I would like to share a story, purely for comic effect and a good lesson to beginner techs.
Got a call for no cooling (last July). Get there. AC's running. Put my gauges on and it is showing an "equalized" pressure of about 5 psig.
I put a trace charge in and find two leaks. I can hear the compressor trying to run, but doing nothing.
Recover all the refrigerant, repair the leaks, install a new filter-drier, evacuate the system, and start weighing in the charge (r-22). Once my gauges show about 90 psig equalized, I kick the AC on and figure I will add the rest to superheat as vapor.
Only problem is pressures are equalized. Oh crap, what is wrong with this compressor? Check the capacitor - good. Try a hermetic analyzer to unlock it - no luck. OK, the compressor is shot. I think...probably from running with no refrigerant, you know? Call the developer and he says "just go ahead and install a new one".
Wait for the OEM part to come in and go back. Recover all of the refrigerant. Open up the condensing unit. Me and my buddy (a more experienced tech) are working together. This was my first actual compressor changeout. So, I start cutting into the discharge line...face right down inside.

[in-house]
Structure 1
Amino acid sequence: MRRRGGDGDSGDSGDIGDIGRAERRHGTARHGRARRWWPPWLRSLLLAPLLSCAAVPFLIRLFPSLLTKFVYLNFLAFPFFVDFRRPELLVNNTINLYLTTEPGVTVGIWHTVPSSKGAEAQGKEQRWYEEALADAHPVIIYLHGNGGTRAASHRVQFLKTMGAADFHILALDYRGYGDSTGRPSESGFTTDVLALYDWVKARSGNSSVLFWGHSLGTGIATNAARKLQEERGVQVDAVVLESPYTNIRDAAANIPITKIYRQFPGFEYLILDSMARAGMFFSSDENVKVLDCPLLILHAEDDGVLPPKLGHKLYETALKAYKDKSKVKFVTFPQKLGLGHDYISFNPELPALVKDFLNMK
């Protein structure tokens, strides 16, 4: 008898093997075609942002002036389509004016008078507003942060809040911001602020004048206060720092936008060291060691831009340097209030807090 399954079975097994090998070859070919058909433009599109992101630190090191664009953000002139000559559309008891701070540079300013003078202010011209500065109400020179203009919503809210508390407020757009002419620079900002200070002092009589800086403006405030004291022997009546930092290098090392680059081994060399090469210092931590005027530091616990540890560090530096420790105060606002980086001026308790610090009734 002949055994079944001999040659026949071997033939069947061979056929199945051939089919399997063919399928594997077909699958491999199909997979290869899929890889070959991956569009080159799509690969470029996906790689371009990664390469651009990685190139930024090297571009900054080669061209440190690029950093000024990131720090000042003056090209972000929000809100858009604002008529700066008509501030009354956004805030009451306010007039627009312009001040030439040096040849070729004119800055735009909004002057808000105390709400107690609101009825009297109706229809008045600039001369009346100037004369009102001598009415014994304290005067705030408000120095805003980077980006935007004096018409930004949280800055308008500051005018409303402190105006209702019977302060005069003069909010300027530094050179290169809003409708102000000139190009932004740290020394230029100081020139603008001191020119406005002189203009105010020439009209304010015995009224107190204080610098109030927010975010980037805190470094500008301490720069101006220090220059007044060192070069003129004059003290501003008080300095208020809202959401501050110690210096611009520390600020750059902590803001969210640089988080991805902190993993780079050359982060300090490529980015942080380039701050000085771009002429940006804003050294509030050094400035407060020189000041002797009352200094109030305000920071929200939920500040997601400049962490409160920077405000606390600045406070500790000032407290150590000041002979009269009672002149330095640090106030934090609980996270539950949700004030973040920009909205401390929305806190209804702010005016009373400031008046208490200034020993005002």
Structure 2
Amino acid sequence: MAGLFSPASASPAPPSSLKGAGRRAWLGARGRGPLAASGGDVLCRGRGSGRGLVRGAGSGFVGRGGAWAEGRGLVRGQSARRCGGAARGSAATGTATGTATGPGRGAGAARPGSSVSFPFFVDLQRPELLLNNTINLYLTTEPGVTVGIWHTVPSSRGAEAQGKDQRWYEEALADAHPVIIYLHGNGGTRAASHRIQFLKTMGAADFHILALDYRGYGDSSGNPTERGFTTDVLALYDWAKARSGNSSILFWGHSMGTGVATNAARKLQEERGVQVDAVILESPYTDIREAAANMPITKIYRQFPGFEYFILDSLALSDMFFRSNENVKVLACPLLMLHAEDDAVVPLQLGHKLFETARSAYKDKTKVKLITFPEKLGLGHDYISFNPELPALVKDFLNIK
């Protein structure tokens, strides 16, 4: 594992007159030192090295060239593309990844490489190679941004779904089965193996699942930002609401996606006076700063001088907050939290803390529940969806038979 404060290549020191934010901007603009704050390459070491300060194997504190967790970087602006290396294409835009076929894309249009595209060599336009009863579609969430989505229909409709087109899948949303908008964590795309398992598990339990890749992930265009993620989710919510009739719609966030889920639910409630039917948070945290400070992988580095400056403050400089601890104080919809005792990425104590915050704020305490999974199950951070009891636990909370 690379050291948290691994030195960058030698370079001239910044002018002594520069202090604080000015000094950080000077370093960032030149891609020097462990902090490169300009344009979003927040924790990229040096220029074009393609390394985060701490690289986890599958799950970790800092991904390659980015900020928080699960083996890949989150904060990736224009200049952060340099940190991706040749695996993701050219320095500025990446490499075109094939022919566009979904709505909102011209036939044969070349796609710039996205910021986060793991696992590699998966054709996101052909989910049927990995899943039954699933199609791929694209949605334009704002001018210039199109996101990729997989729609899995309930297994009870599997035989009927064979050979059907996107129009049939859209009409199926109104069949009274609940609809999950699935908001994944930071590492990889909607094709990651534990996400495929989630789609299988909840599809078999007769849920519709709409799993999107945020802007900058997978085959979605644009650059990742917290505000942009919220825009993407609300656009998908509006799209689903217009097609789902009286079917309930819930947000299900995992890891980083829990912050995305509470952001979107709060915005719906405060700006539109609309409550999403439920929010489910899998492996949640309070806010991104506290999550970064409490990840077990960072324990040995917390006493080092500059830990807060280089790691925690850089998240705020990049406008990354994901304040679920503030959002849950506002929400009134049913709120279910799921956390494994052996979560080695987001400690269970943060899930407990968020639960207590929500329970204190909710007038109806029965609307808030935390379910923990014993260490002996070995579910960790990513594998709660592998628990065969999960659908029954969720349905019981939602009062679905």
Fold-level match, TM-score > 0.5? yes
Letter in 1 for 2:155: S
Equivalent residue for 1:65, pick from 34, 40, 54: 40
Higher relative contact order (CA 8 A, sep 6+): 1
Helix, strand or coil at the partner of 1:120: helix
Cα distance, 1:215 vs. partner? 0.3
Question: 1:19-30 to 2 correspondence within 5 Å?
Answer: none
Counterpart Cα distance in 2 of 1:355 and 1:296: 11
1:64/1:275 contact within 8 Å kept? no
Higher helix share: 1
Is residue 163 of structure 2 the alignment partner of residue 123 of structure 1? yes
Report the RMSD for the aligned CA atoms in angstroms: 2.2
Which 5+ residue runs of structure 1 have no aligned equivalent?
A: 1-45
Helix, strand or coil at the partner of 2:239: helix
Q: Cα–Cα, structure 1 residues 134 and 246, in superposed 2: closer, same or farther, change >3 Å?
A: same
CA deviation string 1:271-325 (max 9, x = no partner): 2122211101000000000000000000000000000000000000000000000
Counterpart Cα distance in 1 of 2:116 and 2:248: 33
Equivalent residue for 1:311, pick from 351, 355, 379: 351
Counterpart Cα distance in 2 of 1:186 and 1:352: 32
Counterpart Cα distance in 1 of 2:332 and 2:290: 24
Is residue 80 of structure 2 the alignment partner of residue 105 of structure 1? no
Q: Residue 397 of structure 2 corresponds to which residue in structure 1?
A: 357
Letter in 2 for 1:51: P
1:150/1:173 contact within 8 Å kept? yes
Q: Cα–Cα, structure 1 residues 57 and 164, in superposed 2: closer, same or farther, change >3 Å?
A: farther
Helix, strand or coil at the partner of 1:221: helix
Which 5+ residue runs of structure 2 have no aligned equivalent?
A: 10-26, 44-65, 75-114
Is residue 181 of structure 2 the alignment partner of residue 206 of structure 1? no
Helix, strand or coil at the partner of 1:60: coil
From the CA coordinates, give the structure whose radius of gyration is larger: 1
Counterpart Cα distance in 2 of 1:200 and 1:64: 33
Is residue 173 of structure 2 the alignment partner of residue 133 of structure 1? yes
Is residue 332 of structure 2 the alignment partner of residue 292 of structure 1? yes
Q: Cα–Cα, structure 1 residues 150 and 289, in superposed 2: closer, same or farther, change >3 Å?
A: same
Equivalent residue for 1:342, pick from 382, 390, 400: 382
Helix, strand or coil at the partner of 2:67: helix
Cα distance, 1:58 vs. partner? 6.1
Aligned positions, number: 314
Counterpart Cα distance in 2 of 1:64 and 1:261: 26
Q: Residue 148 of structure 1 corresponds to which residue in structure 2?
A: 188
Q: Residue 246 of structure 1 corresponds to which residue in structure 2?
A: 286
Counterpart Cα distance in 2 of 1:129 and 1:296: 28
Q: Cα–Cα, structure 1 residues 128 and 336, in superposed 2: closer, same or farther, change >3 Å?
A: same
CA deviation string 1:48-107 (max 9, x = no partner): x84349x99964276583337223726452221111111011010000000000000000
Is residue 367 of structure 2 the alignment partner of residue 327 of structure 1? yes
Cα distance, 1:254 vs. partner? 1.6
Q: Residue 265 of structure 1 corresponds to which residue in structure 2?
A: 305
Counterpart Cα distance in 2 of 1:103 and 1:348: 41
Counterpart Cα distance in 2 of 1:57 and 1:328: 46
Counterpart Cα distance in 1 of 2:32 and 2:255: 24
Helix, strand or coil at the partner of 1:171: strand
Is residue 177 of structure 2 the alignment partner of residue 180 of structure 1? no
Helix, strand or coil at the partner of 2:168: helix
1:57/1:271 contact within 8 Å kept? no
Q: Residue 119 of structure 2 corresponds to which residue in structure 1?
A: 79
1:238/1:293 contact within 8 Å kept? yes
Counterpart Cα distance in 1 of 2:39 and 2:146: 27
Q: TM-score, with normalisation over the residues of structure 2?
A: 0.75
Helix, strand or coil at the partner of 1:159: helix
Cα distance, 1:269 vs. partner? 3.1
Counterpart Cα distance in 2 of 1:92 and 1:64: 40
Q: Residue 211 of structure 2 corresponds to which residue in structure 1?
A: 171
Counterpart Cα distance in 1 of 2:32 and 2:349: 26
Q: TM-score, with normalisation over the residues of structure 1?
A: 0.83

What's that sound? fsss...fsss...fsss...? Weird. I am almost all the way through and I have this sensation that says "stop" and let it bleed of. Just a little deminimus. My buddy leans over, with his face right in the condensor, and hits my cutters with a friggin' pipe wrench.
Line blows wide open and erupts a ten to fifteen foot tall volcano-like explosion of saturated refrigerant and oil into his face and the surrounding area. He jumped back and barely got hit. But we had to stand there and go "damn" and watch this happen for about five minutes. Neighbors pointing. Customer watching out the window.
The point of this story "always check to make sure the service valves are open (backseated). The original installers never opened them. When we cut into the line we released the entire (original) factory charge.